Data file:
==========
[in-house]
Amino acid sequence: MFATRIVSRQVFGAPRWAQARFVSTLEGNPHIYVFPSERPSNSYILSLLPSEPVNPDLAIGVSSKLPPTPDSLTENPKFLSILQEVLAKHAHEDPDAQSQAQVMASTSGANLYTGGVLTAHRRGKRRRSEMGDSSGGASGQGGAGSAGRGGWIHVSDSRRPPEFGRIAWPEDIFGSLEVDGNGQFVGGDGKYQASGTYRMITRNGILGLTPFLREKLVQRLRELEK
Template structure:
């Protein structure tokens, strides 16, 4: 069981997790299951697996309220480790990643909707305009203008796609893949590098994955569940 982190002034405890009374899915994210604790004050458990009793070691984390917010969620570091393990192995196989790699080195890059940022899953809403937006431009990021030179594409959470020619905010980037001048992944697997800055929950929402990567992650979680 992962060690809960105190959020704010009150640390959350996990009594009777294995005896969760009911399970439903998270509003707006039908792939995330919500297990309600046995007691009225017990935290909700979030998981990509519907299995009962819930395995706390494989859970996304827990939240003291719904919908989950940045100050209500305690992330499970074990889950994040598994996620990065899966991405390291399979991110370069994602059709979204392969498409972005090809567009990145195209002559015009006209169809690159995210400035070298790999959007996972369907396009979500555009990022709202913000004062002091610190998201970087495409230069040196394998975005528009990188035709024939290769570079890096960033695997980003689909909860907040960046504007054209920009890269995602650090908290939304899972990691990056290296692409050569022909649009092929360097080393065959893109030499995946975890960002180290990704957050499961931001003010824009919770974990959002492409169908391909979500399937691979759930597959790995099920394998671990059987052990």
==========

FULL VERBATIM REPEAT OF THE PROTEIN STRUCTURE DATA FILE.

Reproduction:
[in-house]
Amino acid sequence: MFATRIVSRQVFGAPRWAQARFVSTLEGNPHIYVFPSERPSNSYILSLLPSEPVNPDLAIGVSSKLPPTPDSLTENPKFLSILQEVLAKHAHEDPDAQSQAQVMASTSGANLYTGGVLTAHRRGKRRRSEMGDSSGGASGQGGAGSAGRGGWIHVSDSRRPPEFGRIAWPEDIFGSLEVDGNGQFVGGDGKYQASGTYRMITRNGILGLTPFLREKLVQRLRELEK
Template structure:
């Protein structure tokens, strides 16, 4: 069981997790299951697996309220480790990643909707305009203008796609893949590098994955569940 982190002034405890009374899915994210604790004050458990009793070691984390917010969620570091393990192995196989790699080195890059940022899953809403937006431009990021030179594409959470020619905010980037001048992944697997800055929950929402990567992650979680 992962060690809960105190959020704010009150640390959350996990009594009777294995005896969760009911399970439903998270509003707006039908792939995330919500297990309600046995007691009225017990935290909700979030998981990509519907299995009962819930395995706390494989859970996304827990939240003291719904919908989950940045100050209500305690992330499970074990889950994040598994996620990065899966991405390291399979991110370069994602059709979204392969498409972005090809567009990145195209002559015009006209169809690159995210400035070298790999959007996972369907396009979500555009990022709202913000004062002091610190998201970087495409230069040196394998975005528009990188035709024939290769570079890096960033695997980003689909909860907040960046504007054209920009890269995602650090908290939304899972990691990056290296692409050569022909649009092929360097080393065959893109030499995946975890960002180290990704957050499961931001003010824009919770974990959002492409169908391909979500399937691979759930597959790995099920394998671990059987052990």